AR-tracks: A new comprehensive global catalog of atmospheric rivers
- 1Potsdam Institute for Climate Impact Research (PIK), Research Domain IV - Complexity Science, Potsdam, Germany (firstname.lastname@example.org)
- 2Institute of Geoscience, University of Potsdam, Germany
Atmospheric rivers (ARs) are filaments of extensive water vapor transport in the lower troposphere. They play a crucial role in the global water cycle and are a main source of fresh water for the mid-latitudes. However, very intense and persistent ARs are important triggers of heavy rainfall events and have been associated with natural and economical damage. Further motivated by their high impacts, in the last decade occurrences of ARs have been intensively studied, detection algorithms have been developed, and multiple AR catalogs have been produced. As a common approach, the detection of ARs is based on localizing anomalous atmospheric transport of moisture, usually by setting an absolute threshold on vertically integrated vapor transport (IVT) and/or vertically integrated water vapor (IWV) fields. Behind this methodology, there is the implicit assumption of stationary atmospheric moisture levels, which is not necessarily true for long periods under the context of a warming atmosphere. Also, these thresholds have proven to vary regionally which results in often excluded low-level ARs.
Here, we introduce AR-tracks, a global, high-resolution catalog of atmospheric rivers that we have developed based on the Image-Processing-based Atmospheric River Tracking (IPART) algorithm, using IVT estimates of the ERA5 reanalysis data set. As opposed to conventional detection methods, IPART calculates anomalies of the IVT field at the synoptical spatiotemporal scale of ARs and is, therefore, free from magnitude thresholds and stationarity assumptions. The resulting catalog displays a list of AR events, with a spatial resolution of 0.75° x 0.75° and a temporal resolution of 6 hours, covering the period between 1979 and 2019. For each AR, we provide common parameters such as the time and location of the landfall, the respective IVT value, the area, the width, and the length of the AR. Moreover, we also track the contour and the axis of each AR, the position of the centroid, and the proportion of the AR that is located over ocean and land, and over the different continents.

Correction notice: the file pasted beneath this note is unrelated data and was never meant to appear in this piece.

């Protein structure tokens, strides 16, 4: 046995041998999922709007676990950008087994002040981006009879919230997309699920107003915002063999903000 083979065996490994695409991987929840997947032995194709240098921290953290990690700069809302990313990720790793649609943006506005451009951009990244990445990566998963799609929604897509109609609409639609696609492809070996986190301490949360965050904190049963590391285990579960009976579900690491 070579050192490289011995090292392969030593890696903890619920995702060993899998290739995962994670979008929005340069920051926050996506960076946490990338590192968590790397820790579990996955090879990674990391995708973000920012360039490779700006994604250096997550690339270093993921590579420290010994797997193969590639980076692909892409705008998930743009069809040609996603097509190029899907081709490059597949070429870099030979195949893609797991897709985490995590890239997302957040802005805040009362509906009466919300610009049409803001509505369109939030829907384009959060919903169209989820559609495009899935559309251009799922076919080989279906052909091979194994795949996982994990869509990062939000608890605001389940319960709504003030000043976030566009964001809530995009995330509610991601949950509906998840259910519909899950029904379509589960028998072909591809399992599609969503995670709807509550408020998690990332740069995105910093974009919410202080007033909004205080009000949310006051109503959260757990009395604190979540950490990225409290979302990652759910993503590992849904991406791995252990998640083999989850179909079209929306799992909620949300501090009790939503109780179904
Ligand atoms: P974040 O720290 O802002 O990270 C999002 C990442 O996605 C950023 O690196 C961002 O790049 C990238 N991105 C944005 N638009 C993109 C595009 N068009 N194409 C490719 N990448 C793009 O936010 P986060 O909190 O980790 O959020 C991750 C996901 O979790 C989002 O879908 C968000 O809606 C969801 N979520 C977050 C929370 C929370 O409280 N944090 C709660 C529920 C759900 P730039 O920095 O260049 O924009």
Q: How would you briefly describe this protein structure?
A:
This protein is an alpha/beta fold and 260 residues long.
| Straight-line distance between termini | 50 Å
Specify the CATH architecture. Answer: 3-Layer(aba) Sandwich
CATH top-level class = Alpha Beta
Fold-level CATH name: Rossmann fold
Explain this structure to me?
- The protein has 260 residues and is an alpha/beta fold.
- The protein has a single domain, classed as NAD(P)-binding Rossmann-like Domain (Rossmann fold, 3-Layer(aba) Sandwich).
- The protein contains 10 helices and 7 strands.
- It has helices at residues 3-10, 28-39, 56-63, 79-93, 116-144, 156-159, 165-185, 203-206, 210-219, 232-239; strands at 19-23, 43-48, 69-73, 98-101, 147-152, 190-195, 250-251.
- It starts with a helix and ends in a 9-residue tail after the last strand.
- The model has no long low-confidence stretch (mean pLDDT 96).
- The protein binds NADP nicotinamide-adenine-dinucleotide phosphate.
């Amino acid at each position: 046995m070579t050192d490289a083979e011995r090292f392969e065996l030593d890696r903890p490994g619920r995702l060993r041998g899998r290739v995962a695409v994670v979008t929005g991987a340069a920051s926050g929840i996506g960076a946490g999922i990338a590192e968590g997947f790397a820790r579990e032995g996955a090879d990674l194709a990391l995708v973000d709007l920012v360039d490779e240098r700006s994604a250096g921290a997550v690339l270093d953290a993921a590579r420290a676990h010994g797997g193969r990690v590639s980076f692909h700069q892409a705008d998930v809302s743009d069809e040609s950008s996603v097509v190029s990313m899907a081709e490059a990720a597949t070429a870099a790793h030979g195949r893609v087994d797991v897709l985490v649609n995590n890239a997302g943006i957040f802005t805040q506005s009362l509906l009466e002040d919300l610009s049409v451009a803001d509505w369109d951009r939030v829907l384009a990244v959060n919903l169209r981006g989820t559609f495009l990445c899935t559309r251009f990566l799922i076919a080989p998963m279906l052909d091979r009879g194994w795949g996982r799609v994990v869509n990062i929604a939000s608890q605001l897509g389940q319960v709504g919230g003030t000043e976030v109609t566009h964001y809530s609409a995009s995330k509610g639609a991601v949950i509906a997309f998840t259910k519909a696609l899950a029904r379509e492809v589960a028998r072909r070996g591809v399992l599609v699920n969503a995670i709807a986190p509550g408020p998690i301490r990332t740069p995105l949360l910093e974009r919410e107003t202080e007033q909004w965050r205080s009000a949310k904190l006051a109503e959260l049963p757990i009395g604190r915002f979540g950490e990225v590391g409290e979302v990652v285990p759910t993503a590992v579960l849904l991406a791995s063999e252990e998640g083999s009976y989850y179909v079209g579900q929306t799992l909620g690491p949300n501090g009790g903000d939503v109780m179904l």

To show the potential of this new catalog, we study the spatiotemporal variability of European ARs between 1979-2019, analyzing the robustness of our results for distinct parameter choices in the definition of AR-tracks. We also use a novel power spectral measure to identify periodic cycles in the occurrence of European ARs, revealing spatially heterogeneous seasonal and multi-annual periodicities. Finally, we discuss the role of land-falling ARs as a trigger of heavy precipitation events in the regional domain.
With the extensive data we provide in this new catalog, we aim at contributing to the further understanding of the role of ARs in global climate dynamics, as long-lived ARs having cross-continent tracks can be reliably traced through their tropical/subtropical origins to high-latitude landfall, and novel topics such as inland penetration of ARs can be studied.
How to cite: Vallejo-Bernal, S. M., Braun, T., Marwan, N., and Kurths, J.: AR-tracks: A new comprehensive global catalog of atmospheric rivers, EGU General Assembly 2023, Vienna, Austria, 24–28 Apr 2023, EGU23-9251, https://doi.org/10.5194/egusphere-egu23-9251, 2023.